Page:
Complete Kaos' effect was incredible on the Belgian dancefloors. Hardbeat is the perfect link between Electronic Body music and New Beat. More and more clubs are turning into Hardbeat sound with it's hard industrial beats.
Bart Declercq, and Idriz Jossa, two last year students from the Royal Academy Of Fine Arts of Antwerp, started with New Beat Fashion a collection giving response to the request of kids within the New Beat music scene.
They started designing clothes for bands such as Erotic Dissidents, Taste Of Sugar and Poesie Noire and were motivated to make something special because of a changing mentality within the Belgian fashion world of consumers. Until now their collection has been very successful both in Belgium and Europe.
Their clothes are manufactured out of new elastic (Belgian) materials and are sold together with a black plastic case with the words "New Beat Fashion" on it. They wanted to get away from the traditional VW and Mercedes buttons and made new ones from photos of old people: they are printed on the New Beat clothes and on buttons (for the summer collection of 1989). .
(most New Beat Falls at least partially into this category, but these songs particularly so.....)
(see also Hard beat)
(see our Compilation Albums info file for exact track listings for most of these albums!)
The most popular New beat compilations are the "A.B. Sounds : New Beat " series and are an excellent introduction to this music except for the matter of the unfortunate "Take 6" album, which has very little to do with New Beat (except for a few tracks, this is largely a collection of italo-house hits (!) -- Ye gods!! What were they thinking?? O.K., so "Take 5" had a few commercial cuts on it.... but it was still a very relevant album overall. The music on "Take 6" though, while actually not bad for what it is, (most of it) definitely doesn't belong as part of this series - no way!! Oh well.... at least they woke up in time for "Take 7"!). As with The "Hard Beat Compilation" series, the vinyl versions contain shorter mixes than the CD's. Also very interesting is the double vinyl "About New Beat" which gives you 45RPM pressings of songs you can pitch-shift downward (on a club-quality turntable) just like the original New Beat DJ's used to do!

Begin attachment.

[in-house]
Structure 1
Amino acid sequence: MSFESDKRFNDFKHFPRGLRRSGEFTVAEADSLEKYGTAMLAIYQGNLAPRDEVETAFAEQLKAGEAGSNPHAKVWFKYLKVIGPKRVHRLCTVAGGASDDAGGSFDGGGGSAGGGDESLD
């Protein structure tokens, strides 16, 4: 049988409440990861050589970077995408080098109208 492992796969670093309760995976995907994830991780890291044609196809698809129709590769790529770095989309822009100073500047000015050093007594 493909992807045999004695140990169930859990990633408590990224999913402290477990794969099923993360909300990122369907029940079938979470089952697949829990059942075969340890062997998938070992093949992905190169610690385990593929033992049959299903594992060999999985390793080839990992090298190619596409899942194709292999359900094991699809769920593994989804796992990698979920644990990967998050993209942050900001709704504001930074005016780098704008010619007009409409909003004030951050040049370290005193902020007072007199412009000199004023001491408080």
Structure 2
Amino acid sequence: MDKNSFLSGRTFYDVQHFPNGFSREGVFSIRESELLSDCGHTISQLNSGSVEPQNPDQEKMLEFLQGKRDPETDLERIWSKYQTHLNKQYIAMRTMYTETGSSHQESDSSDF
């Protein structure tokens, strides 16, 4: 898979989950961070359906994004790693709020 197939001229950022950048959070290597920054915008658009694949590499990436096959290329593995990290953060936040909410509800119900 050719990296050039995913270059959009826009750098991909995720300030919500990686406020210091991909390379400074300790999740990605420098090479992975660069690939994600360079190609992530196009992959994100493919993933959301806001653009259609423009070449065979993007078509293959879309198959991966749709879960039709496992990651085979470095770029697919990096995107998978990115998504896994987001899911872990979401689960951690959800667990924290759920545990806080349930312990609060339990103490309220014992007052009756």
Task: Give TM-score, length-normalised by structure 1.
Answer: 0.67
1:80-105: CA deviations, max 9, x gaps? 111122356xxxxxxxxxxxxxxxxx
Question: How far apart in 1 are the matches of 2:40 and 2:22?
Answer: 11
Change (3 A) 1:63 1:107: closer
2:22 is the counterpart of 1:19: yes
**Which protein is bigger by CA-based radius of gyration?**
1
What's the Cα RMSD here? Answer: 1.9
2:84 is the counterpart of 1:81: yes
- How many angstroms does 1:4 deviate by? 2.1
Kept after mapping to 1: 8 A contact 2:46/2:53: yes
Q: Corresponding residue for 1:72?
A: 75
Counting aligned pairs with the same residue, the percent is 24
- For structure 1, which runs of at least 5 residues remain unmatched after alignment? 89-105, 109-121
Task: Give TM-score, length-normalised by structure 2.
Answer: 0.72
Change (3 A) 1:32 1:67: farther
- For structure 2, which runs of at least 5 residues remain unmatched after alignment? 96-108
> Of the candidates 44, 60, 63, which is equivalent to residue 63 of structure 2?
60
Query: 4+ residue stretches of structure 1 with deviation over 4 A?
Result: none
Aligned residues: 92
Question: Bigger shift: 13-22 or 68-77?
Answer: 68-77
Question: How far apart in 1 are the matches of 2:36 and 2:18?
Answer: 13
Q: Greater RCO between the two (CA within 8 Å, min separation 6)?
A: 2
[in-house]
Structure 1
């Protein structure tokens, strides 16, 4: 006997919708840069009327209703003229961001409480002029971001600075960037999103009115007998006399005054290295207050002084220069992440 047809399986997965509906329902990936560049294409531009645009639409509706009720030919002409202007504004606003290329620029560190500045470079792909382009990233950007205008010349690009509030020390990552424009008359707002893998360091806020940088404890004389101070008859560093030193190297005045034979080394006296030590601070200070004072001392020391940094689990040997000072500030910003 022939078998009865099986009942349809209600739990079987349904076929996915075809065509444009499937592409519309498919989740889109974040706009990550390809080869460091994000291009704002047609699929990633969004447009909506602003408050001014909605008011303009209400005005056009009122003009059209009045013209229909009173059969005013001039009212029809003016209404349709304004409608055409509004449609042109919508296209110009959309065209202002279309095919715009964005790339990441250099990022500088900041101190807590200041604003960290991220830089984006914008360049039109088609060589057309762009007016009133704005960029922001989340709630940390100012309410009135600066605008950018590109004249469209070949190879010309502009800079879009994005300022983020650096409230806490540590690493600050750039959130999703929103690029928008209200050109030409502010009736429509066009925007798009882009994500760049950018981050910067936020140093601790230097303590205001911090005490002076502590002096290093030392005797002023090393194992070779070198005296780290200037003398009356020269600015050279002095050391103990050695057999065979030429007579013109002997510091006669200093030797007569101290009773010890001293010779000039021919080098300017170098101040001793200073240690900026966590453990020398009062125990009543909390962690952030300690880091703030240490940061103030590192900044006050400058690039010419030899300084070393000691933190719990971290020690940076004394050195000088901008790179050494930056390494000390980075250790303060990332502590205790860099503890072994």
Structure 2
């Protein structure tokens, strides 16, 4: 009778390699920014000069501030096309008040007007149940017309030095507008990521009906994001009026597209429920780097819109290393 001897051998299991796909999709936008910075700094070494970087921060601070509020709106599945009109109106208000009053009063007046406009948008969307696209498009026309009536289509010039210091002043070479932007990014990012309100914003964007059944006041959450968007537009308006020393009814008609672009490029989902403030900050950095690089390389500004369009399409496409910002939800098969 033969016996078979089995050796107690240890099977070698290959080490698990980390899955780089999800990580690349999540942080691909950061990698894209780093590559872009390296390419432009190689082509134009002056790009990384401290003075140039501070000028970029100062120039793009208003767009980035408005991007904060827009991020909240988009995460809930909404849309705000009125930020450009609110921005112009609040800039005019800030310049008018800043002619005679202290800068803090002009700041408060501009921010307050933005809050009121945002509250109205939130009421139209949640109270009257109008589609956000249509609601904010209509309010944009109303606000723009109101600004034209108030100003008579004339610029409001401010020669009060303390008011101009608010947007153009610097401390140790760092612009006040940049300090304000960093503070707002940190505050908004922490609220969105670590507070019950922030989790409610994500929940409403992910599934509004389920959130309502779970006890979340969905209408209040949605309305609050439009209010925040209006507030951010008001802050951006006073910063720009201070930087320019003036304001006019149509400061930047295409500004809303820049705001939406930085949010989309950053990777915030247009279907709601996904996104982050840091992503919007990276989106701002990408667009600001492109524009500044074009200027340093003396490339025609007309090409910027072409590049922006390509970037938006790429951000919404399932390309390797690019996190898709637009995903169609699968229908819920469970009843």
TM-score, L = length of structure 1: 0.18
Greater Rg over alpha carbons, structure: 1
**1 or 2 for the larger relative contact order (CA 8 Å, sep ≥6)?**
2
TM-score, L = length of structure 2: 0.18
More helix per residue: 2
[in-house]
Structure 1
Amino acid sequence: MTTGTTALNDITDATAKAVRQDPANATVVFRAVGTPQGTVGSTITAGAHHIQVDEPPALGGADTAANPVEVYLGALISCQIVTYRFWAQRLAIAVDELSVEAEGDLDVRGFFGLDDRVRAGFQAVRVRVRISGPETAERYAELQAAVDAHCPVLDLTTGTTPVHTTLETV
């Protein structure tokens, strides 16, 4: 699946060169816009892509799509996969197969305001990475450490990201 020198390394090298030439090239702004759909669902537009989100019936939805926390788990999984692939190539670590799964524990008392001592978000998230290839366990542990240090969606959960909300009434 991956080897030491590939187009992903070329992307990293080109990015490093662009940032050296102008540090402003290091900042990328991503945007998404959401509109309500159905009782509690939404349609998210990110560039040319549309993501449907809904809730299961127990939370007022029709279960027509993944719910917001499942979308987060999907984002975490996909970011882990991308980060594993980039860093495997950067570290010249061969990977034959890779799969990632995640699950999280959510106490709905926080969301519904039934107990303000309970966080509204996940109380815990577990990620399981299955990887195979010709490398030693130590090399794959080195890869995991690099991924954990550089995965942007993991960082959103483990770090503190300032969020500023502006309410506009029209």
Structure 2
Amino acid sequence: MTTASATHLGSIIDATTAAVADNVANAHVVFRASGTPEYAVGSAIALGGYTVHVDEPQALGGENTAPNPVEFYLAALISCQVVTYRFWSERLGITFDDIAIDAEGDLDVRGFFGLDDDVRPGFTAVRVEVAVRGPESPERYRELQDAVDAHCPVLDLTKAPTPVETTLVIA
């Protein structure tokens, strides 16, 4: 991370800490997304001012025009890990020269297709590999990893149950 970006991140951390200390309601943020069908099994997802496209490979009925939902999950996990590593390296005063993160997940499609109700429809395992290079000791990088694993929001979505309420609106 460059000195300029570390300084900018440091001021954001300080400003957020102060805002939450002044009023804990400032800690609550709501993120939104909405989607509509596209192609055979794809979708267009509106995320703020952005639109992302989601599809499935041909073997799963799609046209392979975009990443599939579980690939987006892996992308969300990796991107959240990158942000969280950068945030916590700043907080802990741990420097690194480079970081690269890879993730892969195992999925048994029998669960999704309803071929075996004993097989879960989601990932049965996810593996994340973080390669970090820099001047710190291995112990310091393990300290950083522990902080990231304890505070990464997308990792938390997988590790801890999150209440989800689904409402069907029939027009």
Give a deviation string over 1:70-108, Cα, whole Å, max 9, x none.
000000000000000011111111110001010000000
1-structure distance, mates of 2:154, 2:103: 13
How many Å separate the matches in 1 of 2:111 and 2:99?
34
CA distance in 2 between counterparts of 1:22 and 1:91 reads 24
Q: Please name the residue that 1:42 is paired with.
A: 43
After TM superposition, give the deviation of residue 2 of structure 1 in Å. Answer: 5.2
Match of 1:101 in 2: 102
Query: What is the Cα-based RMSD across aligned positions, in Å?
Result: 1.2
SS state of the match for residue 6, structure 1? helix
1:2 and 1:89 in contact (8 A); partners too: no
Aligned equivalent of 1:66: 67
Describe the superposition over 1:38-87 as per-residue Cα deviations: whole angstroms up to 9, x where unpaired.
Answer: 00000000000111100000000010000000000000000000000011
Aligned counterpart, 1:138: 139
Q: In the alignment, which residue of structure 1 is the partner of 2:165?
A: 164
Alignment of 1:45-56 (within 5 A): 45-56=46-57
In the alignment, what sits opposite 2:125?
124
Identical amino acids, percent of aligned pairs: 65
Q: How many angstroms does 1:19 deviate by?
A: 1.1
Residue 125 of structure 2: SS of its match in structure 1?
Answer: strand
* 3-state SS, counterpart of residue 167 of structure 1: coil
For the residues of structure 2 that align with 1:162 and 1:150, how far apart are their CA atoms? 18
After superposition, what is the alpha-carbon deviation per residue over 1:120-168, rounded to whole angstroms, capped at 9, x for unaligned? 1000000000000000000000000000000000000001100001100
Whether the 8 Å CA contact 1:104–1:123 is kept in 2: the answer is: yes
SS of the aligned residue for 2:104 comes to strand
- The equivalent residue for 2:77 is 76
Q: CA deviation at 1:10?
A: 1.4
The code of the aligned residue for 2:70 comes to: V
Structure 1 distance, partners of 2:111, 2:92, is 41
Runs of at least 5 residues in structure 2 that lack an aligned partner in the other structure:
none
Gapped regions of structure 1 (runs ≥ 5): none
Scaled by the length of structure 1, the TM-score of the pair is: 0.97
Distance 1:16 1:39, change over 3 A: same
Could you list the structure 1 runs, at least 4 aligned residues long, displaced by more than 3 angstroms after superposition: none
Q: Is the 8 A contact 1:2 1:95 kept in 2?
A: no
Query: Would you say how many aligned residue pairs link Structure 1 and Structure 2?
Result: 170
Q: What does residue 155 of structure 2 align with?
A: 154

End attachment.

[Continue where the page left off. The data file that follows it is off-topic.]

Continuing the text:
Up next is another interesting magazine feature, this time from the December 3rd 1988 issue of England's New Musical Express, plus an NME album review of "A.B. Sounds : New Beat Take 1". Enjoy!
One Nation Under A (Slowed Down) Groove
by Richard Noise
(aka Richard Norris of The Grid!)
Click here to see article
Other New Beat Links
And now, to conclude this file we offer you one last item, which is a Discography of
the Subway and Kaos record labels (plus a few related items). Enjoy!!
If you have any general comments, or information to add, pertaining to this info
file or New Beat in general, then we'd really like to hear from you.
Also, if you have New Beat records for sale in good condition for an affordable price, please let us know.....especially if you have the 12" singles of Jade 4U's "The Early Train" and "Messenger Of Love", or "Zeitgeist" by Berliner Meistershaft.....SYNTHESIS: Electronic Dance Music Page